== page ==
Suncor Energy Inc., one of Canada’s largest oilsands independents, has agreed to join a group of oil and gas heavyweights to back Svante Inc. as it works to accelerate commercializing more carbon capture technologies.


The latest $25 million infusion is designed to fund technology to reduce greenhouse gas (GHG) emissions in industrial applications and to advance hydrogen manufacturing.

Calgary-based Suncor, Carbon Direct SPV I LLC and a group of family office investors were involved in the latest investment. Family office investors are private wealth management advisory firms.

“Carbon capture is a strategic technology area for Suncor to reduce GHG emissions in our base business and produce blue hydrogen as an energy product,” CEO Mark Little said. “An investment in Svante is expected to support the acceleration of commercial scale deployment of a technology that has the potential to dramatically reduce the cost associated with carbon capture.”

Combined, the total proceeds raised under Svante’s Series D financing recently was at $100 million, “the largest single private investment into point source carbon capture technology globally to date,” Svante and Suncor said.

Since it was founded in 2007, Svante has attracted more than $175 million to develop and commercialize solid sorbent technology to capture carbon dioxide (CO2) emissions at what could be about half of the capital cost for traditional engineered solutions.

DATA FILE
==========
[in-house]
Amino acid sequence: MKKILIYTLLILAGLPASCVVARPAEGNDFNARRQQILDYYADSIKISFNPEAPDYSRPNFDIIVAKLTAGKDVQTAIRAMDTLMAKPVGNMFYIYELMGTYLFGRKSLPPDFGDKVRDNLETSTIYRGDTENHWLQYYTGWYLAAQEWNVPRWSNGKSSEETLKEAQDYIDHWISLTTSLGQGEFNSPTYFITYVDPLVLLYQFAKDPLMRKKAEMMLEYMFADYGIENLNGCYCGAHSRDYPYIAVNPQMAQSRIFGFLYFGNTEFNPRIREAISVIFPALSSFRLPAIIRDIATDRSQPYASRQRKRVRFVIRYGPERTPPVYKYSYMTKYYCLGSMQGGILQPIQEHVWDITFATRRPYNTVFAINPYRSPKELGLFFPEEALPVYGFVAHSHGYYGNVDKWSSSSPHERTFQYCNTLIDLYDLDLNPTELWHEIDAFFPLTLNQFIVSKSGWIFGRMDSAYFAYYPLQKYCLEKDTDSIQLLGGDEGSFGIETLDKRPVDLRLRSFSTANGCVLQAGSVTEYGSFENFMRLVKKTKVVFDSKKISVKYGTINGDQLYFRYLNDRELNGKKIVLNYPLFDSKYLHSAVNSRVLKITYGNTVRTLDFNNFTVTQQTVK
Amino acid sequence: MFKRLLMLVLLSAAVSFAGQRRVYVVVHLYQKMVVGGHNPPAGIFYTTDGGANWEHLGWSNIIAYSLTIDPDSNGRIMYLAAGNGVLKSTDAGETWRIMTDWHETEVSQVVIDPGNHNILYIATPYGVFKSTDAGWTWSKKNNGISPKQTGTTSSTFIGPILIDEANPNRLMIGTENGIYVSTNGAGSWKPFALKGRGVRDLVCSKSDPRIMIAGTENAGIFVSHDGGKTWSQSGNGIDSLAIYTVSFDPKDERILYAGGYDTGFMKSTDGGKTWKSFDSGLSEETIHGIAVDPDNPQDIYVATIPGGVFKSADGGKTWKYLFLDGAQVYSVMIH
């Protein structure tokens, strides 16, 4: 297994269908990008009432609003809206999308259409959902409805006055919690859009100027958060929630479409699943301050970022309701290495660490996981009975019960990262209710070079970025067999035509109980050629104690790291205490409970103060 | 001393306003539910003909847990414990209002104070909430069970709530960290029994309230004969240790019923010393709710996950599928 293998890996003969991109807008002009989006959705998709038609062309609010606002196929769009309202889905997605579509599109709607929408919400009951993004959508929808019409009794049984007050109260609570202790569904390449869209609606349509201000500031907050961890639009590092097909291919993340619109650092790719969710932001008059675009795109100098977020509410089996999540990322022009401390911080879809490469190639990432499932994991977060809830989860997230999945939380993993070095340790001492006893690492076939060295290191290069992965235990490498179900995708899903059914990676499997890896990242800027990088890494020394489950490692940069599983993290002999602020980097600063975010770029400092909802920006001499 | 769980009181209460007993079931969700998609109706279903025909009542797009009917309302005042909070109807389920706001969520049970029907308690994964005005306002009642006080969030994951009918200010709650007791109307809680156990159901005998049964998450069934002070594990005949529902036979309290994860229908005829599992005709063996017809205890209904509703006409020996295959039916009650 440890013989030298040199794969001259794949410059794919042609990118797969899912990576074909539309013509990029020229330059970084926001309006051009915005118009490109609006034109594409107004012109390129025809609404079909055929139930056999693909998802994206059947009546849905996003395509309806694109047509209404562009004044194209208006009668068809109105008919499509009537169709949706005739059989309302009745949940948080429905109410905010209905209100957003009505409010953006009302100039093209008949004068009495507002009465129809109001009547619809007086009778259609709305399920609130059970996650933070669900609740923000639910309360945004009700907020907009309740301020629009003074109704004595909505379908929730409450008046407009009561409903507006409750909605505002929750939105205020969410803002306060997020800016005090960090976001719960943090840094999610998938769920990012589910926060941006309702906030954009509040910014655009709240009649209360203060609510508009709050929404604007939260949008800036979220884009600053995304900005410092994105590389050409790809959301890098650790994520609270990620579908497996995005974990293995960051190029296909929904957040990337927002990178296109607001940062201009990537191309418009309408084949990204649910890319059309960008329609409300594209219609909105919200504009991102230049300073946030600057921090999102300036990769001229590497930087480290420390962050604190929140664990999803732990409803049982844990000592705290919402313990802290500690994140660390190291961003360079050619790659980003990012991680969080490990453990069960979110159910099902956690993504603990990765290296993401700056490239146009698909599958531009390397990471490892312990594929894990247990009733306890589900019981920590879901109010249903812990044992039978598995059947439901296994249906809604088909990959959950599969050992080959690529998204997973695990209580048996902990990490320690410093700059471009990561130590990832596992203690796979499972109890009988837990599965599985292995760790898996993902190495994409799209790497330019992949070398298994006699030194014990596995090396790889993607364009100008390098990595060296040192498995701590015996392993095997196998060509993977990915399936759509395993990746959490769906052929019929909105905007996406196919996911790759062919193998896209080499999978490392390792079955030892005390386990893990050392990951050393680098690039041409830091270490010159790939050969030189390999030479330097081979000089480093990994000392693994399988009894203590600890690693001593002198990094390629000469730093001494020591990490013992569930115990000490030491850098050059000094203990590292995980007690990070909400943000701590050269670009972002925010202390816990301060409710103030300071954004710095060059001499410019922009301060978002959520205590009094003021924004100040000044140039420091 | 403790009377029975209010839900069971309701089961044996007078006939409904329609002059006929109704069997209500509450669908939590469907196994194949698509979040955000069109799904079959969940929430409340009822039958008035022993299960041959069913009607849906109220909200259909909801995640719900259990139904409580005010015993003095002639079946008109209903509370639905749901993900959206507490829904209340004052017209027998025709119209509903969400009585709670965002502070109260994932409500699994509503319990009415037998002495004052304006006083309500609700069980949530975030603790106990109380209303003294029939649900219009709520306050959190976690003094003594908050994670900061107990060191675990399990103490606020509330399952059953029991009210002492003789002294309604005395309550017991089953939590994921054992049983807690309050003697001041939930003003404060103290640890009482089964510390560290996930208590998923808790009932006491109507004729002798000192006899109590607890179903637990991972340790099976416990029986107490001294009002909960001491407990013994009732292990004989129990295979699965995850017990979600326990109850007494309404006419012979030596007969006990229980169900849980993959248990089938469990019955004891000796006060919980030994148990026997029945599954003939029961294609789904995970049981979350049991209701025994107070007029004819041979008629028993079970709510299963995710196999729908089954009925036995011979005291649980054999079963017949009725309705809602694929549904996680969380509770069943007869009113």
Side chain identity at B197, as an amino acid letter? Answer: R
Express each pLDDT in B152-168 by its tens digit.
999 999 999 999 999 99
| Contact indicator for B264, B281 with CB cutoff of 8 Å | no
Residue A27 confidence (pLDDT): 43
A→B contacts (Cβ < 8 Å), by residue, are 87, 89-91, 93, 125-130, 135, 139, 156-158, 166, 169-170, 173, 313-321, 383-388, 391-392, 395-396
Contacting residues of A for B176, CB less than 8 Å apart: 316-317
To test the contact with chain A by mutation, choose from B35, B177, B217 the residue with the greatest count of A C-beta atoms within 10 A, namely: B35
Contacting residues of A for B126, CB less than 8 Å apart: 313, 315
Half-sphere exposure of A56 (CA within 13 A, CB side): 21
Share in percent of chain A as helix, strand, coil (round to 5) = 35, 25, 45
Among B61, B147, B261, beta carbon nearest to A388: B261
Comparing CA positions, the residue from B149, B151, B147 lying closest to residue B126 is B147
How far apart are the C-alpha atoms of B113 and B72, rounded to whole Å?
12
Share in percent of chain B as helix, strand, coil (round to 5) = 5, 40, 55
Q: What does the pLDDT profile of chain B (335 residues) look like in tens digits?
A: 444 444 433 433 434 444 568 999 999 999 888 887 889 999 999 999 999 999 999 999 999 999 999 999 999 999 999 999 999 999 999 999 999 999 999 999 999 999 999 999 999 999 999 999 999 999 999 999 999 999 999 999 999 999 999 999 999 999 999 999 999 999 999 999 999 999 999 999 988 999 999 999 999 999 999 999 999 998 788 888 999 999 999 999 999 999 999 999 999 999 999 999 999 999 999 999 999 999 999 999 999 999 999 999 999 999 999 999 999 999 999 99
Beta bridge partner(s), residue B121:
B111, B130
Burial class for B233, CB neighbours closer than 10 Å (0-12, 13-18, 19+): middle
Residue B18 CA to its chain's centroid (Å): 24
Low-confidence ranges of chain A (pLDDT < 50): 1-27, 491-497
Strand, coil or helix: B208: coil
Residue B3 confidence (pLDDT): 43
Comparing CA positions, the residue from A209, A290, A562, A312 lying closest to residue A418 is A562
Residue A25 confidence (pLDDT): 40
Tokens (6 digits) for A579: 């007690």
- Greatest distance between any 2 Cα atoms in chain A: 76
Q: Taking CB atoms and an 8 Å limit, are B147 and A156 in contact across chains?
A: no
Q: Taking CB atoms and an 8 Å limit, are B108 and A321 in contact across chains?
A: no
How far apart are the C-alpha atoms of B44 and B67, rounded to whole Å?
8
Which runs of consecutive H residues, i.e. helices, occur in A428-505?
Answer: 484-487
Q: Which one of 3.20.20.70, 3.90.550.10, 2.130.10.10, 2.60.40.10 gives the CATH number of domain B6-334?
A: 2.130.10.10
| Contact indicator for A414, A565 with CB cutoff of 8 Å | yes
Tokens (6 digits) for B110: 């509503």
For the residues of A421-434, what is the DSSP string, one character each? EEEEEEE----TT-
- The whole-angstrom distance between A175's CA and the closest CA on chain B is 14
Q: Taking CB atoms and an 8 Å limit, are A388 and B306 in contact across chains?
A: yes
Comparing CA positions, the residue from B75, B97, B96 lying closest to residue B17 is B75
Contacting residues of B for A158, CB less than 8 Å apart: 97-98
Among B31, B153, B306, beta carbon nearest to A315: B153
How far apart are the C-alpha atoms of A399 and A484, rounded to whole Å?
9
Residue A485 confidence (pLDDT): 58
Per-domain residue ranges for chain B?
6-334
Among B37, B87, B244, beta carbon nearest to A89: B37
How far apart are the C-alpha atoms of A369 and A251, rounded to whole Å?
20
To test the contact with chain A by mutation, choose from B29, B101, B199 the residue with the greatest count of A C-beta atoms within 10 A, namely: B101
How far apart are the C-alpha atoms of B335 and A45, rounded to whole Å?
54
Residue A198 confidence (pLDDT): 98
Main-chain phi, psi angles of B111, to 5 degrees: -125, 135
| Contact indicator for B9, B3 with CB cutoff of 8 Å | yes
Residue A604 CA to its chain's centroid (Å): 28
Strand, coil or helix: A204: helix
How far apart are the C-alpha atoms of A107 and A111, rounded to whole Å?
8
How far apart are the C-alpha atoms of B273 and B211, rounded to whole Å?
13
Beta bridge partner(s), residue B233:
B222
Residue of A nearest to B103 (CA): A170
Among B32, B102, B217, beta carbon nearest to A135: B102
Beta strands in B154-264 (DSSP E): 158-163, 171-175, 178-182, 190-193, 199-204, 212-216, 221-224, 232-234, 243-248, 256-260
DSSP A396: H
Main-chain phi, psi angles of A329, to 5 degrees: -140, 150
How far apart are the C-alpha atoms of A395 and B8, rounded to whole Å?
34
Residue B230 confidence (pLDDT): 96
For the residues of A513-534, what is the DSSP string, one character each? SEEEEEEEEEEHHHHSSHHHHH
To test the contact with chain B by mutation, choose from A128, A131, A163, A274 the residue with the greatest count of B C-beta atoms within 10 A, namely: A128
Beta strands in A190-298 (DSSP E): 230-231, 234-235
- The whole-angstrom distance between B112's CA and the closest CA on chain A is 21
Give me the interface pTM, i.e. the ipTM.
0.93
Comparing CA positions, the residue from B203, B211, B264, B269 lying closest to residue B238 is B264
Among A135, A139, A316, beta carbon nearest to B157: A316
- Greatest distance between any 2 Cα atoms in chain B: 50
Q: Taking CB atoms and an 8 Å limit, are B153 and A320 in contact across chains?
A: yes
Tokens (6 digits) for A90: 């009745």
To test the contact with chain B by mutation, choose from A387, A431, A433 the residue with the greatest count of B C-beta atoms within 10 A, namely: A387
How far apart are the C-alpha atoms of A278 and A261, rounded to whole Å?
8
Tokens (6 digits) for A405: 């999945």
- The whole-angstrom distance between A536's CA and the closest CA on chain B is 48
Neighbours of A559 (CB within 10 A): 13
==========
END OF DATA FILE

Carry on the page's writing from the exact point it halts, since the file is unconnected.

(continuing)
“Svante has generated a pipeline of potential new project opportunities,” said Svante CEO Claude Letourneau. The projects could capture more than 40 million metric tons/year of CO2 “before 2030.”
Svante is looking at projects for natural gas industrial boilers, cement and lime, and blue hydrogen industrial facilities. Blue hydrogen is manufactured using natural gas, with the emissions captured and sequestered. 

Svante’s investments mainly target North American facilities, “spurred by both U.S. and Canada federal CO2 tax credits and prices on CO2 emissions,” management said.

“The net-zero pledges of major countries and large corporations is also a key driver for the interest and rapid growth of the carbon capture and storage new industry,” Letourneau said. “We strive to create world-changing solutions that address climate change and accelerate the global transition to carbon neutrality, reversing human impact on the climate and building a commercially viable CO2 marketplace.”

Chart Industries Inc. in February invested $15 million in Svante’s Series D offering. It also secured a binding commercial memorandum of understanding (MOU). The MOU defines how the partners may collaborate to develop an integrated carbon capture solution using Svante’s rapid adsorption technology and Chart’s cryogenic carbon capture technology. 

The partners are looking to manufacture high-purity CO2 products from industrial flue gas streams. 

Investors in Vancouver, British Columbia-based Svante also include Chevron Corp.’s Chevron Technology Ventures, Oil and Gas Climate Initiative and Temasek Holdings Ltd. Last year Svante also was working with Occidental Petroleum Corp., Total SE and LafargeHolcim regarding the viability of capturing and storing carbon emissions at a cement plant in Colorado.